This post appears here courtesy of the John Locke Foundation
. The author of this post is Paige Terryberry
A 17-state coalition seeking out gas tax alternatives is looking for volunteers in North Carolina to test mileage-based user fees (MBUF).
In response to increased usage of fuel efficient and electric vehicles, the Coalition looks for workable solutions to shift future road funding away from the gas tax. Today, vehicles use half the energy per mile than they did in the 1970s. As these trends continue, the gas tax may be insufficient to cover the cost of our roads. A more sustainable funding source is needed.
According to an article today in the News & Observer, "The Eastern Transportation Coalition has been studying the idea for several years through surveys and pilot programs involving commercial trucks and private vehicles."
The Coalition of 17 states in the Eastern United States and Washington, D.C. has completed four passenger vehicle pilots and two commercial vehicle pilots.
In North Carolina, recent budget adjustments proposed diverting sales tax revenue to NCDOT in coming years to address revenue inefficiencies. The Eastern Transportation Coalition's study of MBUF in North Carolina is admirable and provides another option to address gas tax dependability.
A study from the John Locke Foundation recommended North Carolina begin to transition from fuel taxes to MBUFs. Cities too, should "piggyback onto the mileage-based fee system to maintain their streets rather than using general funds."
The Eastern Transportation Coalition, through real world study, revealed a few key findings:
- Trucks currently pay a disproportionate amount of revenue to states relative to their highway miles traveled, "although trucks travel much greater distances each year when compared to passenger vehicles, the recurring costs of fuel taxes and other fees contributed to the HTF exclusively by trucks is notably higher." The study alluded MBUF would seek to resolve this burden on trucks. At the request of the motor carrier industry, MBUF would not "become another layer of complexity in a highly regulated and taxed environment."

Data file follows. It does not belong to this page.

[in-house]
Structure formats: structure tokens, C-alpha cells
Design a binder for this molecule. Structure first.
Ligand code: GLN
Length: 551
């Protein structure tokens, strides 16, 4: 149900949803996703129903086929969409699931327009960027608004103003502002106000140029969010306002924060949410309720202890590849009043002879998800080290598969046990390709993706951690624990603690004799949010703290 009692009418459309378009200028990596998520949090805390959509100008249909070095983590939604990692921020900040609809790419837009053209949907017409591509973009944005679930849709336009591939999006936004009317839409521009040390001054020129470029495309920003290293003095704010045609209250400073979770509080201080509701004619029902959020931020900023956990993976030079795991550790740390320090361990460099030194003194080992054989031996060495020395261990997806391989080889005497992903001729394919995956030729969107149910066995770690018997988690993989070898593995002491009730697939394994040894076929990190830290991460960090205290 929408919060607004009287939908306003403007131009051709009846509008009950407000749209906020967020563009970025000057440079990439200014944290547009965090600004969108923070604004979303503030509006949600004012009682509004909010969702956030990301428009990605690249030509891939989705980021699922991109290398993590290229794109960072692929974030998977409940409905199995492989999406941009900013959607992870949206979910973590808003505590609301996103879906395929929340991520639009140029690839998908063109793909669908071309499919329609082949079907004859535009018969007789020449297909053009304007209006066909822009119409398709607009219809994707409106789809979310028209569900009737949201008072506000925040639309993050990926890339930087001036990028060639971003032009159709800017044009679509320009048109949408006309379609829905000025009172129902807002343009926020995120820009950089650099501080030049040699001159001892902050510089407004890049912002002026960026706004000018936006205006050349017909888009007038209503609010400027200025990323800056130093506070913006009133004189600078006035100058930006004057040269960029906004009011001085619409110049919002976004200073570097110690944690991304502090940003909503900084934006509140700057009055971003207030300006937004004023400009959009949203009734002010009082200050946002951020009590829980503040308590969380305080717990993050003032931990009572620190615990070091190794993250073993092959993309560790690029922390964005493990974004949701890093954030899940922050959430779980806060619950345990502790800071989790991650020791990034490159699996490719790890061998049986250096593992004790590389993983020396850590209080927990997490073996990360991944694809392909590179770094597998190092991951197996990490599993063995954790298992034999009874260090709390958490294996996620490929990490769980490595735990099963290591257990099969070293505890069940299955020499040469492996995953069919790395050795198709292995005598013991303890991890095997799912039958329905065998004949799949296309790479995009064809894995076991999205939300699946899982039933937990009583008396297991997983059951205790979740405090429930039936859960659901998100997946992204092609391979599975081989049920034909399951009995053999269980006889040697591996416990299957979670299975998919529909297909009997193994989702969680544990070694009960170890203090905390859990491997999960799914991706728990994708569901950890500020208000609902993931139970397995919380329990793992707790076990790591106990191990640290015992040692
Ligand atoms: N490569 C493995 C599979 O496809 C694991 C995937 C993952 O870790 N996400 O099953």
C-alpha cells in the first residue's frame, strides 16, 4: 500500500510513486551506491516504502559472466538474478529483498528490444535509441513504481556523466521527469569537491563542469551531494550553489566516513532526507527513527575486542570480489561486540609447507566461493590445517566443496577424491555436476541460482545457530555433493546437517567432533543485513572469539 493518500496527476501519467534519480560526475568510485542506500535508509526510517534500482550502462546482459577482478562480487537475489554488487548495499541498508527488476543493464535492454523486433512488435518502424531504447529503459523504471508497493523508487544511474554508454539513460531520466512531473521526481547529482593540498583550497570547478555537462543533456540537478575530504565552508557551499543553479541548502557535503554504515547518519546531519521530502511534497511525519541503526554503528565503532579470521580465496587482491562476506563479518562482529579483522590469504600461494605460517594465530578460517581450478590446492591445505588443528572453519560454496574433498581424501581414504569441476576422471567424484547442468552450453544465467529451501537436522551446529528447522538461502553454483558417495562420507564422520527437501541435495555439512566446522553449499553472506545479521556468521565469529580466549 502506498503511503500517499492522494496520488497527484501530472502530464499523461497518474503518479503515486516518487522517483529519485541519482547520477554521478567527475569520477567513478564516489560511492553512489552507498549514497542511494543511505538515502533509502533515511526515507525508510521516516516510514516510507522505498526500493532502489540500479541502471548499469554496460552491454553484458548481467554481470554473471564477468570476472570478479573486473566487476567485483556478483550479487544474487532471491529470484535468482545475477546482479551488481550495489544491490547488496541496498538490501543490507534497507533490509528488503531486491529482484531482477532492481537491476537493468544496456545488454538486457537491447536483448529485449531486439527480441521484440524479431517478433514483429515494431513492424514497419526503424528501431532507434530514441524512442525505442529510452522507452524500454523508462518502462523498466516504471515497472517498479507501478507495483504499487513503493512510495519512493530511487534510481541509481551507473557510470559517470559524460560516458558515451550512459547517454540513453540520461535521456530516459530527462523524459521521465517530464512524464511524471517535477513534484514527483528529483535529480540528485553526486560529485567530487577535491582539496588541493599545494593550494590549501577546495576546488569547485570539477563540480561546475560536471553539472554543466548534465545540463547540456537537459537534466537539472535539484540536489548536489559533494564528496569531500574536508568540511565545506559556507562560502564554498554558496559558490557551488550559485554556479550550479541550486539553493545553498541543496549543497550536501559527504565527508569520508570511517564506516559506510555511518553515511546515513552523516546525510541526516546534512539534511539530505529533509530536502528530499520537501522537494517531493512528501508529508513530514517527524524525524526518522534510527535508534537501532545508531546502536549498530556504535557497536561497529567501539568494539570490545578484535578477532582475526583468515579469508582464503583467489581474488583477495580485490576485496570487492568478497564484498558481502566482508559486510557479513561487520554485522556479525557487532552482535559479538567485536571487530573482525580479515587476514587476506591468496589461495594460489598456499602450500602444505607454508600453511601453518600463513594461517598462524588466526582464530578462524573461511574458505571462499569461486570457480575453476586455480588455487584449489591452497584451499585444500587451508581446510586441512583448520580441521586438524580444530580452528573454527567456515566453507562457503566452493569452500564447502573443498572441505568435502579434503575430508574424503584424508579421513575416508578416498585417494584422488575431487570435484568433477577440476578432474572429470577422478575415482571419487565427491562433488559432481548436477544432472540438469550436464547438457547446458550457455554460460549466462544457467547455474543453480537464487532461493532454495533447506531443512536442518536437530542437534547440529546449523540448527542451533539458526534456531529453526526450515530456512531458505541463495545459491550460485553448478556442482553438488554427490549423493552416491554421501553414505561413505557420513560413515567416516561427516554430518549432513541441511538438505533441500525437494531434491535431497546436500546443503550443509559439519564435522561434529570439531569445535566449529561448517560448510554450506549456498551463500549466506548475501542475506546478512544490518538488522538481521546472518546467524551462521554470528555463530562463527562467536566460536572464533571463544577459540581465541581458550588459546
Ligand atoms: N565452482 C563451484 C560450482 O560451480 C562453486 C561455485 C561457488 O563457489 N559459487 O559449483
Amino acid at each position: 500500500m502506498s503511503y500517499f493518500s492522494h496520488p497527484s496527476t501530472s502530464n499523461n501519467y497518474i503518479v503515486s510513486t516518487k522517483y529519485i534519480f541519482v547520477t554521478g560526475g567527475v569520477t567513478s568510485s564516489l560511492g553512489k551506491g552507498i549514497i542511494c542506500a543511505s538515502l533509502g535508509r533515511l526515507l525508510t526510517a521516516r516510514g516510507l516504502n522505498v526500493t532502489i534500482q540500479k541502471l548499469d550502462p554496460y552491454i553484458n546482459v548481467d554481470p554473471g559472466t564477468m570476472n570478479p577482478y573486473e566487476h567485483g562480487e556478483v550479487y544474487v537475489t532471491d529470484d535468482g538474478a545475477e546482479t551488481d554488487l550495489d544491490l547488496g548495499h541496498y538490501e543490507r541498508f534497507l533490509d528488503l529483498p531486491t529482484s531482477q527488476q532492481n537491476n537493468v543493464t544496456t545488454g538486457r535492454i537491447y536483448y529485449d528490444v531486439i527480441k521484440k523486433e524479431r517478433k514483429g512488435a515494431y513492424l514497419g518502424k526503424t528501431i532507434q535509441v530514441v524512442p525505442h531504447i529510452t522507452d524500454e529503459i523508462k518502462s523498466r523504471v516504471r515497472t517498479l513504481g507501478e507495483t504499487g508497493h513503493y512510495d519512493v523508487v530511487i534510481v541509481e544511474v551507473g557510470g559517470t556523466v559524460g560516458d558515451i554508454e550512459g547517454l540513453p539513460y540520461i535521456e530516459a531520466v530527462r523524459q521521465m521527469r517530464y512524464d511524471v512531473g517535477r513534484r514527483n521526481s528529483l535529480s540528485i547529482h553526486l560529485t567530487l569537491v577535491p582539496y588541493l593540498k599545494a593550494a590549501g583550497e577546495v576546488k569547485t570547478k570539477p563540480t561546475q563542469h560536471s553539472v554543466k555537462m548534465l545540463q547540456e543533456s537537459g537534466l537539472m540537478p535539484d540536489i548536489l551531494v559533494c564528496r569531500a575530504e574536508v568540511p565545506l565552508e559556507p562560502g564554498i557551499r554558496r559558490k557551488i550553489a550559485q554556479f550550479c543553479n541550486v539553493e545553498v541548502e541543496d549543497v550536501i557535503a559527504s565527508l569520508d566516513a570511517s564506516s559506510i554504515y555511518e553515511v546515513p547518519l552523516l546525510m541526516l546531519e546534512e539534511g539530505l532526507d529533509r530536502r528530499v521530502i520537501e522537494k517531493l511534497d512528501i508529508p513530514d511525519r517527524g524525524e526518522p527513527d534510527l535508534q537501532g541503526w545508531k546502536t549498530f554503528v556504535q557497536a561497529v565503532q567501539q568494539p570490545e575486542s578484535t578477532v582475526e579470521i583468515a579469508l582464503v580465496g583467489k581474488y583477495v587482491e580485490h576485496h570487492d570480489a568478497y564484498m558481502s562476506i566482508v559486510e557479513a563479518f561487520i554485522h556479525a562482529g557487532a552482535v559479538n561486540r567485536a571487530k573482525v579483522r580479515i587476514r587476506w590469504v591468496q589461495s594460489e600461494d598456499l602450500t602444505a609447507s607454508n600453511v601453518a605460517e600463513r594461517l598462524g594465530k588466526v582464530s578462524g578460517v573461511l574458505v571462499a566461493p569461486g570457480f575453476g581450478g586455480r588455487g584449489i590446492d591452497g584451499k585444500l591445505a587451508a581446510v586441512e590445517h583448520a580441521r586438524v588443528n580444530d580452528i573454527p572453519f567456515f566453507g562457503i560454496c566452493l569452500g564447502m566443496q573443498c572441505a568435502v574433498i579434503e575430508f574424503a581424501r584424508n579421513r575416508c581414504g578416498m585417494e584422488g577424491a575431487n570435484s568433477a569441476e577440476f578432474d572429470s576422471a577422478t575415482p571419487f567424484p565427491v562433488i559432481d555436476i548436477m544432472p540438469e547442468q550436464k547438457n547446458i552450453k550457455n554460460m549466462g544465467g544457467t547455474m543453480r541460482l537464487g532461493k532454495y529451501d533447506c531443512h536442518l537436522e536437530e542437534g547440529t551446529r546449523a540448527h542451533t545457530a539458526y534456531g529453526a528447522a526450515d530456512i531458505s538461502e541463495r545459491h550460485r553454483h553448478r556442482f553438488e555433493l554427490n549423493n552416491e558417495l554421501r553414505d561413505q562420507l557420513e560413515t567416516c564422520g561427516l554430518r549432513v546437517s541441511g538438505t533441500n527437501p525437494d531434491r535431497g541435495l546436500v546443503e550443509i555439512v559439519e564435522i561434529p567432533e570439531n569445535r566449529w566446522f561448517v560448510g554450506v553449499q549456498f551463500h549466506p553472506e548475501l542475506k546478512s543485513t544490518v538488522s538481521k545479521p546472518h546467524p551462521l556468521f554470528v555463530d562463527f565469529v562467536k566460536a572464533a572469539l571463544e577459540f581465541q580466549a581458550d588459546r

- Addressing a concern for rural drivers, the study found "a shift to MBUF would base charges on road impact rather than fuel efficiency and consumption; because of this, rural households would pay less toward transportation funding than they do currently."
- Privacy continues to be a leading concern with MBUF. The study found that, though "many passenger vehicle pilot participants initially expressed concerns about privacy, these concerns dropped significantly after drivers experienced MBUF."
Participants of the Coalition's focus groups "recommended that any personal information should be deleted or anonymized frequently and that program administrators should be audited regularly. Providing such safeguards and auditing, they believed, would alleviate public concerns about privacy and security of personal information."